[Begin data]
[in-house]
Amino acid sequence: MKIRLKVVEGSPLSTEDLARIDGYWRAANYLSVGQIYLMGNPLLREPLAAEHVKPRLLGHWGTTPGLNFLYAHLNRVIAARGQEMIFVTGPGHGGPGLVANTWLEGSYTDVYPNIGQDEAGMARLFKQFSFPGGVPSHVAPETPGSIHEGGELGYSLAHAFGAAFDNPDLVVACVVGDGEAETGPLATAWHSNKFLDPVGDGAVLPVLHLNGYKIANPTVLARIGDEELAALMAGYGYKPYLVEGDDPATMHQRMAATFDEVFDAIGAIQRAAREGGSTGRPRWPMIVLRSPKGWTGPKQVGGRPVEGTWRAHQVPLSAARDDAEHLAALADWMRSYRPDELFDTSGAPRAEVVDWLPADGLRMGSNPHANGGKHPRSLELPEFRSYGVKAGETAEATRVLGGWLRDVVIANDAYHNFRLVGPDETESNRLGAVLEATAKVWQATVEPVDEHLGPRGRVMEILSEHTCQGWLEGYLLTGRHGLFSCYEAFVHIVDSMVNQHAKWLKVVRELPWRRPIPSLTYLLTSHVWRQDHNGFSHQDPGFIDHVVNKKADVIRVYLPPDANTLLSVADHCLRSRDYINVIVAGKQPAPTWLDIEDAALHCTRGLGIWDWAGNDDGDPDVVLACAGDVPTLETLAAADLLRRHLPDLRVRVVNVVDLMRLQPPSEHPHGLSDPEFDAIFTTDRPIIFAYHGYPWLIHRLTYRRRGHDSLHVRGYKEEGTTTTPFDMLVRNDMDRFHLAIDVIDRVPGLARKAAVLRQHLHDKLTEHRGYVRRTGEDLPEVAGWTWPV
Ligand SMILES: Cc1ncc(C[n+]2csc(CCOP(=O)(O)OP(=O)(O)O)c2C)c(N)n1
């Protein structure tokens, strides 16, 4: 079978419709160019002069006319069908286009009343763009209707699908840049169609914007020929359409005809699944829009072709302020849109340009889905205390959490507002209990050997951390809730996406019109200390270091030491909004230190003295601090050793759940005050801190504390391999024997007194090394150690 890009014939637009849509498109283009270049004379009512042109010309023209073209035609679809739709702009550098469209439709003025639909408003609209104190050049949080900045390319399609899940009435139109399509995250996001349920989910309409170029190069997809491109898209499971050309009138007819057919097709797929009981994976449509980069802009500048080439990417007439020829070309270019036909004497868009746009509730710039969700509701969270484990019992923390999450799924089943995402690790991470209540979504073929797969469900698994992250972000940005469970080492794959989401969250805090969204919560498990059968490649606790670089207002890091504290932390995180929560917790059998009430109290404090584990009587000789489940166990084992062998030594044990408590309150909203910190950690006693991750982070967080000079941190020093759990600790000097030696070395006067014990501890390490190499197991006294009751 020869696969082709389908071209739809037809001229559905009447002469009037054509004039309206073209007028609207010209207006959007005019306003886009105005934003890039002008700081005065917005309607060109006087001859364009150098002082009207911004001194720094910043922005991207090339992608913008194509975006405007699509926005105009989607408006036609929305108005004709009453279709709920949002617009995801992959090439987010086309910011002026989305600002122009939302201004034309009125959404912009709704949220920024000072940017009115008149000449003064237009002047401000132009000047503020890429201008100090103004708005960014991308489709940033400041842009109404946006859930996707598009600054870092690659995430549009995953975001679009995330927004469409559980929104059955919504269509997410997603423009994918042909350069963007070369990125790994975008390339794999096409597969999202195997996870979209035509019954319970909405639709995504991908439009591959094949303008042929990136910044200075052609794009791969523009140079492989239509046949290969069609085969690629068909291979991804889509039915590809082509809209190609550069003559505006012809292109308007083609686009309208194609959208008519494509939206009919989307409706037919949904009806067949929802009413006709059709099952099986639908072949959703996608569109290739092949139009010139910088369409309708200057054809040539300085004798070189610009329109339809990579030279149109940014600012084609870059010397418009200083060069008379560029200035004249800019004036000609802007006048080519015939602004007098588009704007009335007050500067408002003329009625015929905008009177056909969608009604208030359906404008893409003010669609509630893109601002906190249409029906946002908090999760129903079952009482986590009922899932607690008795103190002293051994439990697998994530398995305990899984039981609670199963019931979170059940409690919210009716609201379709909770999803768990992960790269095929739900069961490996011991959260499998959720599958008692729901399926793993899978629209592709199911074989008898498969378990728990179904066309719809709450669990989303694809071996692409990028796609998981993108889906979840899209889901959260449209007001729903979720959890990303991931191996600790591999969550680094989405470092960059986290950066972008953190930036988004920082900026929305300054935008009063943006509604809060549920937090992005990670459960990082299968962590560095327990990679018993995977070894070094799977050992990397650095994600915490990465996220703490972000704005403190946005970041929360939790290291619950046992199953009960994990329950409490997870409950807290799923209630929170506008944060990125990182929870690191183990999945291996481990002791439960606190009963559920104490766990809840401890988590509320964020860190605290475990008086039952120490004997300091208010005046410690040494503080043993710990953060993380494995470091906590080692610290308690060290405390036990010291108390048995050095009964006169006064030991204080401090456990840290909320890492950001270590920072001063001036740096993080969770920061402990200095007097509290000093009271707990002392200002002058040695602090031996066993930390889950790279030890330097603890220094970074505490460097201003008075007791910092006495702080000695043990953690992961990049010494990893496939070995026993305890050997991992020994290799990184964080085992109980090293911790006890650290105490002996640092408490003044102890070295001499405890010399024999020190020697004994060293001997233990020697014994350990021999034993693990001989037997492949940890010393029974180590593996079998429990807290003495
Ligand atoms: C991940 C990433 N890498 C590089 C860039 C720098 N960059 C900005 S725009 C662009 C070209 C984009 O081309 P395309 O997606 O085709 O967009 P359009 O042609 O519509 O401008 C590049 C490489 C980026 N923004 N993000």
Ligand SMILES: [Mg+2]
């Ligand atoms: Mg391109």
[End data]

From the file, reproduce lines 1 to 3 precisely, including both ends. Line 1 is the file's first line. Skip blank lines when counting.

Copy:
[in-house]
Amino acid sequence: MKIRLKVVEGSPLSTEDLARIDGYWRAANYLSVGQIYLMGNPLLREPLAAEHVKPRLLGHWGTTPGLNFLYAHLNRVIAARGQEMIFVTGPGHGGPGLVANTWLEGSYTDVYPNIGQDEAGMARLFKQFSFPGGVPSHVAPETPGSIHEGGELGYSLAHAFGAAFDNPDLVVACVVGDGEAETGPLATAWHSNKFLDPVGDGAVLPVLHLNGYKIANPTVLARIGDEELAALMAGYGYKPYLVEGDDPATMHQRMAATFDEVFDAIGAIQRAAREGGSTGRPRWPMIVLRSPKGWTGPKQVGGRPVEGTWRAHQVPLSAARDDAEHLAALADWMRSYRPDELFDTSGAPRAEVVDWLPADGLRMGSNPHANGGKHPRSLELPEFRSYGVKAGETAEATRVLGGWLRDVVIANDAYHNFRLVGPDETESNRLGAVLEATAKVWQATVEPVDEHLGPRGRVMEILSEHTCQGWLEGYLLTGRHGLFSCYEAFVHIVDSMVNQHAKWLKVVRELPWRRPIPSLTYLLTSHVWRQDHNGFSHQDPGFIDHVVNKKADVIRVYLPPDANTLLSVADHCLRSRDYINVIVAGKQPAPTWLDIEDAALHCTRGLGIWDWAGNDDGDPDVVLACAGDVPTLETLAAADLLRRHLPDLRVRVVNVVDLMRLQPPSEHPHGLSDPEFDAIFTTDRPIIFAYHGYPWLIHRLTYRRRGHDSLHVRGYKEEGTTTTPFDMLVRNDMDRFHLAIDVIDRVPGLARKAAVLRQHLHDKLTEHRGYVRRTGEDLPEVAGWTWPV
Ligand SMILES: Cc1ncc(C[n+]2csc(CCOP(=O)(O)OP(=O)(O)O)c2C)c(N)n1